`dozens, or even hundreds, of riders on a weekly due to this deadly disease.16
`Third, as to the balancing of harms, there can be no serious argument that helping
`prevent the spread of a global pandemic is outweighed by the cost to Lyft of coming into
`compliance with M.G.L. c. 149 § 148B, which predates Lyft’s creation.17 Lyft has simply
`Plaintiffs submit that the irreparable injury prong is heightened by the fact that the public
`is subject to increased harm if an injunction does not issue, since Lyft drivers who are not
`receiving sick pay and cannot afford to stay home are continuing to work even if they are feeling
`sick and thus endangering the public. Although the Court has stated that it does not believe that
`Massachusetts law permits Plaintiffs to seek a “public injunction”, Plaintiffs respectfully
`disagree (see infra at note 24) but also submit that the Court can take the risk of injury to the
`public into account in evaluating this prong of Rule 65. See, e.g., Holt v. Continental Group,
`Inc., 708 F. 2d 87, 91 (2d Cir. 1983) (instructing the district court to consider on remand whether
`the retaliatory discharge harmed public interest by deterring enforcement of Fair Labor Standards
`Act (by chilling employees from asserting their rights), such that it constituted irreparable injury
`under the second prong of Rule 65); Perez Gutierrez c. Mariscos El Puerto, Inc., 2019 WL
`6050727, at *3 (D.Nev. Nov. 15, 2019) (citing Holt and weighing “strong public interest in favor
`of enforcement of the FLSA” in finding “allowing defendants to continue to flout the
`requirements of the FLSA will likely result in immediate and irreparable injury to plaintiffs,
`similarly situated employees, and the public interest” and therefore plaintiffs had meet their
`burden on the second prong of Rule 65(b)); Acosta v. RK Apparel, Inc., 2018 WL 1942400, at
`*3 (C.D. Cal. March 15, 2018) (weighing irreparable injury to “public interest in that any
`shipment of  hot goods,” produced under substandard labor standards, would result in unfair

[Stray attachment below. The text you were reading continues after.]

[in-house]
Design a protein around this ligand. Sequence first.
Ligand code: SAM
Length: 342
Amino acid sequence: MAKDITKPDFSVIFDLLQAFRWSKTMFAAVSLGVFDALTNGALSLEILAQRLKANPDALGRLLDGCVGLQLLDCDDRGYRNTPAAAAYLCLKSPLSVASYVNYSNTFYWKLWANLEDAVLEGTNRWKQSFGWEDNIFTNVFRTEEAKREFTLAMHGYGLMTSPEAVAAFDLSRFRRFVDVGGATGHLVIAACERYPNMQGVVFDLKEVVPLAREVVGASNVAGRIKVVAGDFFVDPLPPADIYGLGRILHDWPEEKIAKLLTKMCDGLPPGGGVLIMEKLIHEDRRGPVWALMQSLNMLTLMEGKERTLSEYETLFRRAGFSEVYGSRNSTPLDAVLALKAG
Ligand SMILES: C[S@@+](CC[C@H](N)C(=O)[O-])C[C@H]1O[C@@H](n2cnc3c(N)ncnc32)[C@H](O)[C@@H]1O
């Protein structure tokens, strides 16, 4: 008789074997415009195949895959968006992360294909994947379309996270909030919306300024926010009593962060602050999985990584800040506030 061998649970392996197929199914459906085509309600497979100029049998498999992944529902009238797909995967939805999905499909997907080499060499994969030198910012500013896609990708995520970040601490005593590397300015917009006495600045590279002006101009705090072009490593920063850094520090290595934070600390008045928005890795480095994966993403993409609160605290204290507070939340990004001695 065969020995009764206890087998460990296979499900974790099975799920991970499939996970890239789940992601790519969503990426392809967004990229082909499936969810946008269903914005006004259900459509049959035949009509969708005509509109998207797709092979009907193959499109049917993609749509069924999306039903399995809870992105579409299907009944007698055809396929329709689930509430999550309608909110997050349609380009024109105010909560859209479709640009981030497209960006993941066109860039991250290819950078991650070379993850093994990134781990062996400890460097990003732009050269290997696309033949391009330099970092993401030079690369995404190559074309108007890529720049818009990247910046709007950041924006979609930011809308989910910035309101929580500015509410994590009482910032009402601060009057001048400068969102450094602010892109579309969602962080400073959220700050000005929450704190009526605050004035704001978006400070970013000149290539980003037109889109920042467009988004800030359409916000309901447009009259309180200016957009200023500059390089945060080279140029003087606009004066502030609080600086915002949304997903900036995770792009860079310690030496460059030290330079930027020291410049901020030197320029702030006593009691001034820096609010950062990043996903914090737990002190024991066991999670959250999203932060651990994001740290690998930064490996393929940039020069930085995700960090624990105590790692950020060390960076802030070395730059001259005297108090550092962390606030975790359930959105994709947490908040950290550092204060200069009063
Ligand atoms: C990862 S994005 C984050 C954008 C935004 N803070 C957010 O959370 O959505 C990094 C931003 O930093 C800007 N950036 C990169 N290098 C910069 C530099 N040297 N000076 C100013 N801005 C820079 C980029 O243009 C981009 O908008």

`competition, in finding that plaintiffs had meet their burden on the second prong of Rule 65(b)).
`Further, the Court may consider the irreparable harm to government revenue (insofar as the
`government may need to foot the bill for drivers’ unemployment during this crisis) under this
`prong. See, e.g., United States v. Bailey Family Chiropractic, 2018 WL 4271449, at *1 (W.D.
`Pa. Aug. 21, 2018) (finding irreparable injury to the government when employer failed to pay
`Moreover, in order to obtain an injunction, the strength of Plaintiffs’ showing on the
`other Rule 65 prongs can overcome a weaker showing on one prong. Braintree Labs, Inc. v.
`Citigroup Global Markets, Inc., 622 F. 3d 36, 42-43 (1st Cir. 2010) (irreparable harm should be
`measured “on a sliding scale, working in conjunction with a moving party’s likelihood of success
`on the merits, such that the strength of the show necessary on irreparable harm depends in part
`on the degree of likelihood of success shown.”); Ross-Simons of Warwick, Inc. v. Baccarat, Inc.,
`102 F. 3d 12 (1st Cir. 1996) (instructing that likelihood of success and irreparable harm must be
`weighed in tandem). Thus, if the Court is concerned about the strength of Plaintiffs’ showing on
`this irreparable injury prong, the overwhelming strength of Plaintiffs’ showing on the other
`prongs should alleviate this concern.
`The current version of the “ABC test” has been the law in Massachusetts under M.G.L. c.
`149 § 148B since 2004. See 2004 Mass. Legis. Serv. Ch. 193 (S.B. 2358) (WEST) (approved
`July 19, 2004). M.G.L. c. 149 § 148C in its current form was enacted in 2015.
`Case 1:19-cv-11974-IT Document 90 Filed 03/23/20 Page 8 of 22
`ignored the laws of the Commonwealth and the applicability of M.G.L. c. 149 §§ 148B and 148C
`to its drivers, and the consequences of that choice are now being wrought in dire form.
`Fourth, it is not in the public interest to allow Lyft to continue to misclassify its drivers
`and inflict public harm on its drivers, passengers, and the general public. Lyft should not be
`allowed to use litigation tactics to stall resolution and enforcement of §§ 148B and 148C no
`matter the consequences. Plaintiffs and the public simply cannot wait years, or even weeks, for
`Lyft to comply with Massachusetts’ state-mandated paid sick leave law. In the interim, the rapid
`proliferation of the virus that occurs will be irreversible.
`Moreover, the Court has the authority to and should grant this motion for a preliminary
`injunction at this stage in the litigation, prior to class certification. See infra Part III.B, at 18-20.
`For the foregoing reasons, and as set forth further below, this Court should issue an
`emergency preliminary injunction enjoining Lyft from misclassifying its drivers, so that they will
`receive the protections of Massachusetts law, including state-mandated paid sick leave, so as to
`prevent irreparable harm to Lyft drivers and serve the immediate interests of the general public.
`FACTUAL AND PROCEDURAL BACKGROUND
`On September 17, 2019, Plaintiff Cunningham filed this class action complaint alleging
`that Lyft has misclassified its drivers as independent contractors, when they are employees under